Since then, a working group of community members has been trying to devise a solution, and is scheduled to give its recommendation to the city on Sept. 11.

“Palo Alto is one of the wealthiest cities on the planet, and we’re not carrying our fair share of the burden,” says Aram James, a retired public defender who has lived in Palo Alto since the 1950s and is a member of the working group. “We have to have places for homeless people who aren’t out on parole who don’t have a place to live.”

Mr. Williams, the planning director, says the city hasn’t offered its property for use by homeless living in vehicles because its budget is too tight to administer such a program. Lately, homeless people have clustered around Cubberley Community Center, in South Palo Alto, where they have access to bathrooms, but area residents have complained, he says.

One church has offered to help and other congregations are considering it, he says. Meanwhile, Palo Alto’s one homeless shelter is full. “It’s never enough,” Mr. Williams says.

Mr. Varner, for his part, says he avoids contact with other vehicle-dwellers. “I want to try and lay low and stay out of their way,” he says. “I know why I’m doing this and it was my choice to live like this.” He says he expects to launch his new company—Kickmade, an online marketplace for people to sell projects funded through the crowdfunding website Kickstarter—this fall.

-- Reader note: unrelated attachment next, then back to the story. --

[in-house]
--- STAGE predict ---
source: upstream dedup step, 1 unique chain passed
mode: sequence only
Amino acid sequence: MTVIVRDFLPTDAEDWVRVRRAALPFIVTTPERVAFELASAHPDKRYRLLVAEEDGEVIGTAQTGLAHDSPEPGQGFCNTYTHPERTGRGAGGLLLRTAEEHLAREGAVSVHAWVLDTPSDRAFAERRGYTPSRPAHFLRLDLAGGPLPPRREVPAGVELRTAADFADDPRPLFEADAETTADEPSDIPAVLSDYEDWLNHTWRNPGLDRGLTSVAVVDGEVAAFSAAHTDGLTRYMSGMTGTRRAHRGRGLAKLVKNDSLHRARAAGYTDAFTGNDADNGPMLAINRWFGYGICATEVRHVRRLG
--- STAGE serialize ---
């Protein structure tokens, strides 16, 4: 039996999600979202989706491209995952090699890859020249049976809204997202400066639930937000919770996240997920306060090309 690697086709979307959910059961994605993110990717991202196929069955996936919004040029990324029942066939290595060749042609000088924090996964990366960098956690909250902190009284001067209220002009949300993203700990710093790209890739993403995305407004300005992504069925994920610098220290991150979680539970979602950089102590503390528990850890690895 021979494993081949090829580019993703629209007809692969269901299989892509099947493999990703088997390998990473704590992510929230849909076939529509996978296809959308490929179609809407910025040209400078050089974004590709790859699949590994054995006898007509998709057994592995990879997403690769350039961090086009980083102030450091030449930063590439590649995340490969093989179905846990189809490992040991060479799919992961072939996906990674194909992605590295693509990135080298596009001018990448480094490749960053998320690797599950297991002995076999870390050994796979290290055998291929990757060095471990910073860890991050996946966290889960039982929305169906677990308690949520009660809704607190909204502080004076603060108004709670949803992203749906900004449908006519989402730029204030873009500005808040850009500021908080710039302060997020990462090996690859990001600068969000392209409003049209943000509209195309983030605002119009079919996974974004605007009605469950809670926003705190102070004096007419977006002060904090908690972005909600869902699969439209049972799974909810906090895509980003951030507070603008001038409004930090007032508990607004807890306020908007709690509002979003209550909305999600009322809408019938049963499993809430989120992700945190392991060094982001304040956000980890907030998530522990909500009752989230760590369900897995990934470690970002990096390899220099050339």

Being homeless has been stressful, Mr. Varner says, recalling the time a police officer shined a spotlight on him while he was trying to sleep. In the past few months he has learned to live “minimalistically,” he says, and to appreciate the most basic things. By Deborah Gage

One Reply to “Palo Alto Deals With Vehicle Dwellers”

  1. I would like to add to my comments from the text of the Wall Street Journal above. It was never my intent to suggest that Palo Alto should not take on its fair share of those released from jail on probation or those released from prison on parole who find themselves homeless.